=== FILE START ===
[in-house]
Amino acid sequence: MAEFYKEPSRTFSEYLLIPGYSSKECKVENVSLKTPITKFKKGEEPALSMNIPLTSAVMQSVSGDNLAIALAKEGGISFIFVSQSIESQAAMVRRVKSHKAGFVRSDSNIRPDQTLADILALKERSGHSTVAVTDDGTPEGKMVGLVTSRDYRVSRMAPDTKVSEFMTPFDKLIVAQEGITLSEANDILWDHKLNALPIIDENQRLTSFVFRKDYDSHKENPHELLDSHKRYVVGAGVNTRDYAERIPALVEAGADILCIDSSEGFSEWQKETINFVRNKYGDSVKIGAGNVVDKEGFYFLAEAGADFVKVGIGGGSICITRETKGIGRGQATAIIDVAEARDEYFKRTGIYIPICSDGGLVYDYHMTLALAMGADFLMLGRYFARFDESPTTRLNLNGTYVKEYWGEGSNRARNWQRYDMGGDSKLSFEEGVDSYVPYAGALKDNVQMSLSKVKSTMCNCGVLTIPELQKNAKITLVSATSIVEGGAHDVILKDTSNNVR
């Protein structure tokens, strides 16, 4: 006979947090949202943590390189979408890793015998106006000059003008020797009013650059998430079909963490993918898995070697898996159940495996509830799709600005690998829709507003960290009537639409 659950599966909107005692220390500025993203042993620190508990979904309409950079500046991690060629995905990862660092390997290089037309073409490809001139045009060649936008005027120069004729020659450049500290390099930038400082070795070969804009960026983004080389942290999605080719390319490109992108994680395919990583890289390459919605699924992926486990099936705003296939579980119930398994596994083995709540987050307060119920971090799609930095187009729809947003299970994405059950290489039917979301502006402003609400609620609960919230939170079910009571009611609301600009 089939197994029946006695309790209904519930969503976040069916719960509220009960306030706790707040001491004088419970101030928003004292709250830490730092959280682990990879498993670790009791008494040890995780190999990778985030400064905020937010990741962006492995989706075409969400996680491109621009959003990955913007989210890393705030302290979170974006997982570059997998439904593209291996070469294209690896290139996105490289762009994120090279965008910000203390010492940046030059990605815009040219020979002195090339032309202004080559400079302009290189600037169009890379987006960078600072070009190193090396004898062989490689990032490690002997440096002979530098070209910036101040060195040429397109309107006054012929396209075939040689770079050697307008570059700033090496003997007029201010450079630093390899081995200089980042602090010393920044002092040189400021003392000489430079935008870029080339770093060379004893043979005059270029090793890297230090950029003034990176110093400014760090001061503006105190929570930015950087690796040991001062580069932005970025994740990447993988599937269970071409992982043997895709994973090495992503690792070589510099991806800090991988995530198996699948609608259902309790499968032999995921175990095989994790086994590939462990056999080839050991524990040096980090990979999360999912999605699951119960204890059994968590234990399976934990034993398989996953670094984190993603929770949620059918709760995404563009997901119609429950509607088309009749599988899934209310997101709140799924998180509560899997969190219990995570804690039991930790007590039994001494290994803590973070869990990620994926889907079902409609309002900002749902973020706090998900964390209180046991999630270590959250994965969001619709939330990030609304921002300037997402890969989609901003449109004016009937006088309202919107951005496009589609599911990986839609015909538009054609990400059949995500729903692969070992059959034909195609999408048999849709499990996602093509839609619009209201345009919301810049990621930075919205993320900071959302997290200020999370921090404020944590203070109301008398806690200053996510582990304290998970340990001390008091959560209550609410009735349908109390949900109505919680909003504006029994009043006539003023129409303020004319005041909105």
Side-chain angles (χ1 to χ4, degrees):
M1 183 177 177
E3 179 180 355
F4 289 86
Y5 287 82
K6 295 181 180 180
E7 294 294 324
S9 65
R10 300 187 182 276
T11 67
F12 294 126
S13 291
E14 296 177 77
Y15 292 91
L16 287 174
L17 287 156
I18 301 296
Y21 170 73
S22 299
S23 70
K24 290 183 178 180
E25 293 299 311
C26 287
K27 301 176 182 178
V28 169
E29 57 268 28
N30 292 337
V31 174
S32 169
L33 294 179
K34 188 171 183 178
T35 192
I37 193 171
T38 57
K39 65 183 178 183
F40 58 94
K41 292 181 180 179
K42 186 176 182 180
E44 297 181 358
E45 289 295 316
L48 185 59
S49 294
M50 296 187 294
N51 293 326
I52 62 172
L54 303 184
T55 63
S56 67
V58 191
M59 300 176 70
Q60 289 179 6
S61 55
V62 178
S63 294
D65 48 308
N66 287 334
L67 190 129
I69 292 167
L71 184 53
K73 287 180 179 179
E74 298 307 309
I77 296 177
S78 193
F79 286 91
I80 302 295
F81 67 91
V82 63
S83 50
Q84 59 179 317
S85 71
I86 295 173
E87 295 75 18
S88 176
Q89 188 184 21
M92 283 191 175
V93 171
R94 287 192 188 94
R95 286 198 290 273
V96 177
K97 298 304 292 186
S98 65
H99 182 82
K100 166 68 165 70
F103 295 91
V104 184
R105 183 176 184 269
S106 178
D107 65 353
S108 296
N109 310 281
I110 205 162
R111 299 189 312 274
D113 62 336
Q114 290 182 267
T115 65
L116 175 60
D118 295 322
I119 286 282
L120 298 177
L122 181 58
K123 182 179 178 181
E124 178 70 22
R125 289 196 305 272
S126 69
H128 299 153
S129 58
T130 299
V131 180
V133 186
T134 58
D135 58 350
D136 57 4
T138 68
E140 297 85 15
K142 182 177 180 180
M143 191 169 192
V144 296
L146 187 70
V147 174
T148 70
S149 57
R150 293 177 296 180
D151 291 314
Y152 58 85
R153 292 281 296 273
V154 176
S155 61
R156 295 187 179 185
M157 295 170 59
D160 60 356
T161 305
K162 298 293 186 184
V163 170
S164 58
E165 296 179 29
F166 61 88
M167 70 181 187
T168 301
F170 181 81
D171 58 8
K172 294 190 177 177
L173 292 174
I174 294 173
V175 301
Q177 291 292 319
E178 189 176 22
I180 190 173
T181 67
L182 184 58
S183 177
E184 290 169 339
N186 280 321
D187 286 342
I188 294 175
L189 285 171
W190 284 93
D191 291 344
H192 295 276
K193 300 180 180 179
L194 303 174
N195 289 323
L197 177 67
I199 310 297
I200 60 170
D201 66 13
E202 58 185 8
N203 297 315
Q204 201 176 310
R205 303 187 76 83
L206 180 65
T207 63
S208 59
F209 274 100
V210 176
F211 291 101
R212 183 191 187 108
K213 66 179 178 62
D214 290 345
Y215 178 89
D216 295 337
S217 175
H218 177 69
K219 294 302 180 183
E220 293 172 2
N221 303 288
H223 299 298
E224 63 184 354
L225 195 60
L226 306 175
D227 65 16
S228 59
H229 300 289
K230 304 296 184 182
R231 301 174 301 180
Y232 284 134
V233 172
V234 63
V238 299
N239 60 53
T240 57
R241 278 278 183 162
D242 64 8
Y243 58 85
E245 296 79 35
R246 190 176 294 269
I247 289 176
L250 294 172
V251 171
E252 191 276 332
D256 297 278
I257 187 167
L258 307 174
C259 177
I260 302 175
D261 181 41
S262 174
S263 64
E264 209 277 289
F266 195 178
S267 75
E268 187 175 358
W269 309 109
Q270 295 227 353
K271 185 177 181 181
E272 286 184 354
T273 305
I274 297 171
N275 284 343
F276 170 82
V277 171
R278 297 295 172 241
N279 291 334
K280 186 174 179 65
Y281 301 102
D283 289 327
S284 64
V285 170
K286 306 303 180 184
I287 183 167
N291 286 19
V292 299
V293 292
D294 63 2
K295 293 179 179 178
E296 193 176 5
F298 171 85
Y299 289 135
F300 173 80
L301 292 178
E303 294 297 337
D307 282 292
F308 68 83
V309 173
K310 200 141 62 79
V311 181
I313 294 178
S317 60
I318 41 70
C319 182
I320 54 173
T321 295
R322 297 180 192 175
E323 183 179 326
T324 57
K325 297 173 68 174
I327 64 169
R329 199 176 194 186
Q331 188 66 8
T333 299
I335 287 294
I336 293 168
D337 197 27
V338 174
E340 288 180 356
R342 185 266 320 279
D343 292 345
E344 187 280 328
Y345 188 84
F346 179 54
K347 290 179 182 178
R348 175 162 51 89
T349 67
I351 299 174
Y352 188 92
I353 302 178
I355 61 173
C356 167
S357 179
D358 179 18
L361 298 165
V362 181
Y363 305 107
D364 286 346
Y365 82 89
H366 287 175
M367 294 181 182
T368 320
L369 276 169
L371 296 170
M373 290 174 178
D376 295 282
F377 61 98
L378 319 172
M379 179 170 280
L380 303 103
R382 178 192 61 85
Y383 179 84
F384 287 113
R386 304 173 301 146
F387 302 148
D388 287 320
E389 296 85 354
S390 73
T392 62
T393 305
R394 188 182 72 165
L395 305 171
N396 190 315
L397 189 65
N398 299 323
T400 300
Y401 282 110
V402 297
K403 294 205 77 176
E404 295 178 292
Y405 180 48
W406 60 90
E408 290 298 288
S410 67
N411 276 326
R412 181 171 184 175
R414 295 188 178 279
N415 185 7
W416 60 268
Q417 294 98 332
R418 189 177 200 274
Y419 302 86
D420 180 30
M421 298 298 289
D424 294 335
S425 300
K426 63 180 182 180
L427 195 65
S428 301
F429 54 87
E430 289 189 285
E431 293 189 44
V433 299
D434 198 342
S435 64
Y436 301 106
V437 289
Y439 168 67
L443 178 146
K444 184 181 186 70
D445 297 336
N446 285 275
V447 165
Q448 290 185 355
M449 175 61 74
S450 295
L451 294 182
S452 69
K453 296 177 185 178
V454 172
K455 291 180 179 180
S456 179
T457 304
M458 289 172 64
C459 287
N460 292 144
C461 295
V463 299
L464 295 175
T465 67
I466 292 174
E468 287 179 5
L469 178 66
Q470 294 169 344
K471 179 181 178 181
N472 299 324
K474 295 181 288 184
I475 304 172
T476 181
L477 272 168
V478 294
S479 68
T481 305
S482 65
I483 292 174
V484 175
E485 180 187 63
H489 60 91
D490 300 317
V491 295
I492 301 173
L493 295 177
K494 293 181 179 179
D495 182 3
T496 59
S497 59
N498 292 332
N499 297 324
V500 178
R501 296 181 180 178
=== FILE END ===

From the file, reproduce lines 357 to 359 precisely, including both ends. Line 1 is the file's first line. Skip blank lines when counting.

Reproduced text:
L443 178 146
K444 184 181 186 70
D445 297 336